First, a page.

By New York Fellow Robert Messia

It’s inevitable: you return from a professional development meeting with loads of energy, great ideas, PowerPoints - and a pile of work that needs to be done.  Before long the energy slags, the ideas fade, the PowerPoints become coffee-stained, and there’s always more work - ever more work - to attend to.  And solutions that might have seemed so easy to implement in an institute setting you find don’t translate to application in the real world.

What if what used to be inevitable could become the exception?

If you can imagine instead being inspired by the energy of colleagues, collaborating with some of the best educators on ideas that are relevant to you, and finding yourself using the knowledge you gained in nearly all the work that you do on a daily basis, you just might have a sense of my experience at the New York Educator Voice Fellowship Institute held in Albany, NY this summer.

Fellow Robert Messia (top left) speaks with Daniel MacEntree from the office of Senator Betty Little at the New York Educator Voice Institute. 

Fellow Robert Messia (top left) speaks with Daniel MacEntree from the office of Senator Betty Little at the New York Educator Voice Institute. 

This immersive professional development experience embodied, in my estimation, the work of America Achieves through four key characteristics: engagement, democracy, practicality, and inspiration.  It furthermore modeled immediate application of the work each fellow has committed to fulfill.  


Fellows heard from some of the most influential policymakers and thought leaders in the area of education, all with the goal of becoming more informed on the most critical issues of our field: improving equity and access, advancing the teaching profession, accountability and academic standards. Then each presenter heard from the fellows by asking questions, seeking to understand our perspectives, connect their work to ours and identify new ways to connect more broadly with the field of practicing educators.    


Through the intimacy of small group interactions, fellows find themselves in a trusting, civil, and supportive environment.  Every voice in the room was heard, every opinion valued, every counterpoint weighed.  But even more revealing was that rarely was there a quiet break.  Rather, fellows would continue conversations about the topics being presented and brainstorming ways they could connect this information to their classrooms and schools or better communicate important research to the right stakeholders or constituents.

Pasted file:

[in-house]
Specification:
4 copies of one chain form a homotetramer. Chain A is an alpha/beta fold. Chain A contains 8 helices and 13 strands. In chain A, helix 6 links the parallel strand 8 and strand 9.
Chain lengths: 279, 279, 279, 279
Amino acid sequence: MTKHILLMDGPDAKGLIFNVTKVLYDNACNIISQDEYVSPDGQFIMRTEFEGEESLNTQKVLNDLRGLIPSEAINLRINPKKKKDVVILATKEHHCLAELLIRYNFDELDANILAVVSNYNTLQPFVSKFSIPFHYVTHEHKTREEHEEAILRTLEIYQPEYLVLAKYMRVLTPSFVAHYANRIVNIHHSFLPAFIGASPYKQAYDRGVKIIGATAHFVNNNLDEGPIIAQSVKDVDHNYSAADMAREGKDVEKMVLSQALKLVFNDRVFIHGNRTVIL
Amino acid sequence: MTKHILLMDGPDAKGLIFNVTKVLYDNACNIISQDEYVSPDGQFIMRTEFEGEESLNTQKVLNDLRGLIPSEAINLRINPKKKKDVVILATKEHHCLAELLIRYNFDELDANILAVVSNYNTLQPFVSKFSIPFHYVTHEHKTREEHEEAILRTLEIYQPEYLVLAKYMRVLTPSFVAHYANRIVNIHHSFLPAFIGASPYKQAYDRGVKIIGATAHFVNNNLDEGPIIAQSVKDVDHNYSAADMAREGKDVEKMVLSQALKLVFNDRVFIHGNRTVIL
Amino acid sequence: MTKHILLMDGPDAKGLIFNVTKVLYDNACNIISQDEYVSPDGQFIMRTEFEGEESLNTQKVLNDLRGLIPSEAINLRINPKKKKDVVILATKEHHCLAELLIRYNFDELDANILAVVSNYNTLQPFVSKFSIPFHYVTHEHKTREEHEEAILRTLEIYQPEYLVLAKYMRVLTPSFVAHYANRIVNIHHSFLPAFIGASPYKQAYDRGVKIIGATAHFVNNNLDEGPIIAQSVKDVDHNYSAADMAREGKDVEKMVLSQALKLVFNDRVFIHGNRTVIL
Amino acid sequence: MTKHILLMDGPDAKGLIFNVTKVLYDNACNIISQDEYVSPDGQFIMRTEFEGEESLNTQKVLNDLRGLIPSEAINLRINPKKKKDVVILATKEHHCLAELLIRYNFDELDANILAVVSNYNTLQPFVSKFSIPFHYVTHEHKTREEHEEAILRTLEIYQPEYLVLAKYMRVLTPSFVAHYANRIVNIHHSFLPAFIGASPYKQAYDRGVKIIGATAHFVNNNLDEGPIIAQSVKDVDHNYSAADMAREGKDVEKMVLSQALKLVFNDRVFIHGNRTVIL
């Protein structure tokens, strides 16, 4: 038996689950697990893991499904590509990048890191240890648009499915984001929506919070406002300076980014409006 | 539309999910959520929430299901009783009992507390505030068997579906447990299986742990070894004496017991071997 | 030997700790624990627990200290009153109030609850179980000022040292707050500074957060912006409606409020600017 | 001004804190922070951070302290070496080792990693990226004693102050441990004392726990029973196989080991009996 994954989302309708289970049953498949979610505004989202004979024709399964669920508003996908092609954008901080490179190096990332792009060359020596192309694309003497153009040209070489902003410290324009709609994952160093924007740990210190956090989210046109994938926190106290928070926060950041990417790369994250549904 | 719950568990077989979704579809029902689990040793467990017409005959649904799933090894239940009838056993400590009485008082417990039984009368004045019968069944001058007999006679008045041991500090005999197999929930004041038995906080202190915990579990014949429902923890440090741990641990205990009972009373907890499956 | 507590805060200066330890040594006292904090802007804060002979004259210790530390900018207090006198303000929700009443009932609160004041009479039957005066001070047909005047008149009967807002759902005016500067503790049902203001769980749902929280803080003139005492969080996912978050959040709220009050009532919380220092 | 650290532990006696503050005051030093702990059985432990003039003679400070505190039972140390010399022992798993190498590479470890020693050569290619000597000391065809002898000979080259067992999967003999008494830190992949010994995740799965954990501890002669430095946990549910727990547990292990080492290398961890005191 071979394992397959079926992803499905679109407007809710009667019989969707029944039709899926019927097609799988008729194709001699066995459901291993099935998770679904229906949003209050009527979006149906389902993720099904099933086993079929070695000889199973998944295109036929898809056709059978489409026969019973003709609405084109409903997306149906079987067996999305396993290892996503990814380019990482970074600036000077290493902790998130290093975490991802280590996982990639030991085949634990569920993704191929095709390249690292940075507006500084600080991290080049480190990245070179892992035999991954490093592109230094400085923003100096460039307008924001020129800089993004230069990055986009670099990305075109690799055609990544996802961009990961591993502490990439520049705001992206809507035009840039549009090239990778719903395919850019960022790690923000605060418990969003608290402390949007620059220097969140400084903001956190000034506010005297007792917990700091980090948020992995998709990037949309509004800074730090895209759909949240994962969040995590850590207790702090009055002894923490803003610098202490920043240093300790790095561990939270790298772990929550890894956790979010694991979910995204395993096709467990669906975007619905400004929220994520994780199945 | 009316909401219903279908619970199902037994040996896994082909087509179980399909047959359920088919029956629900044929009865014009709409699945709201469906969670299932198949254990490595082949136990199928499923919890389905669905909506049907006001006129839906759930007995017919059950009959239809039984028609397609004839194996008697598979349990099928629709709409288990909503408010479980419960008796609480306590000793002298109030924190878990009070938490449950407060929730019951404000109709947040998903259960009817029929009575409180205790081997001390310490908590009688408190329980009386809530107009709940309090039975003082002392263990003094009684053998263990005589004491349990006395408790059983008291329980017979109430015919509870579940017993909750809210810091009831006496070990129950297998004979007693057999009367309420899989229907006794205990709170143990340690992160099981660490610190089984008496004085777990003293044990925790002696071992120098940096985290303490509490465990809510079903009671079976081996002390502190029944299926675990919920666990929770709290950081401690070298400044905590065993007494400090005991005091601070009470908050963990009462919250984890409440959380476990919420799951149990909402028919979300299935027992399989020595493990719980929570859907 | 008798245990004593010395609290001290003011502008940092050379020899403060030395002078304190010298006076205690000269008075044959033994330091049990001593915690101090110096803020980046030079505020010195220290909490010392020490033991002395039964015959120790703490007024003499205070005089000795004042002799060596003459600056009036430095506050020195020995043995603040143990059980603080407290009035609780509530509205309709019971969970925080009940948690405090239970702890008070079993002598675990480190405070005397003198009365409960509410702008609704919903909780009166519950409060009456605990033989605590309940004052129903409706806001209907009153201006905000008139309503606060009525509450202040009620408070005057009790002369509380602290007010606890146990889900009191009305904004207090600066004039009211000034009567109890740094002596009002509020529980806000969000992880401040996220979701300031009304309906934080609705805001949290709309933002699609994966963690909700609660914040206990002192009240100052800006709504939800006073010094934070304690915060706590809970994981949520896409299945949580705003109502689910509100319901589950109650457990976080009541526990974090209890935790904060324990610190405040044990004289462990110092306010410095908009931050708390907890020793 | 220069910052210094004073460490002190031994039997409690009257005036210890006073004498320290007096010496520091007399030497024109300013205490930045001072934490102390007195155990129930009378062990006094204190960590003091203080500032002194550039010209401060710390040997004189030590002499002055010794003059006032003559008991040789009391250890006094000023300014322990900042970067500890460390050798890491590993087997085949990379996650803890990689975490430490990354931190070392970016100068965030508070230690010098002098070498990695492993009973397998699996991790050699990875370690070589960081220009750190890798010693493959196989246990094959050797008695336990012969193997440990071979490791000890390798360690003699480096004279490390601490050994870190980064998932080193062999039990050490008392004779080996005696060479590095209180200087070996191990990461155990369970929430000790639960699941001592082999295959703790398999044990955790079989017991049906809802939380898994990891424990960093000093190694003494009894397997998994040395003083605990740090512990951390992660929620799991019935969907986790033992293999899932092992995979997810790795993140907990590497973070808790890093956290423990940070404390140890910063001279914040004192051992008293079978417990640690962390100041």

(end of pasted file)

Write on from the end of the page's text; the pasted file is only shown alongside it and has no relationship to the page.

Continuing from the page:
If my copies of slides have stains on them, it’s because I’ve shared them with anyone who’d listen.  Notes, video clips, ideas, and quotes have all found their way into my plans for sharing resources with colleagues and with the entire school community.  This information will make my school a better place for students and will make me a better principal to support their learning.  However, just sharing the information itself isn’t enough; I will be putting into action professional development activities with teachers in my school to help us engage more voices in our school and in community leadership.    


 One can’t help but feel inspired having been surrounded by educators who model the best of what the profession of teaching should be all about.  I am as excited for the work ahead, to elevate conversations about empowering educators to support student learning, and to share this good work with those who make education policy for our state as I was on the first day of the institute.

I am humbled to be a member of the fellowship, to benefit from the expertise of the presenters at the institute and to engage more broadly with policymakers around what can make all of our schools and classrooms even more powerful agents of change for the benefit of all students.  

Robert Messia is principal of Algonquin Middle School in Averill Park, NY, a role he has served in since 2011. He is a former social studies teacher, curriculum leader and staff developer. Robert is a New York Educator Voice Fellow with America Achieves.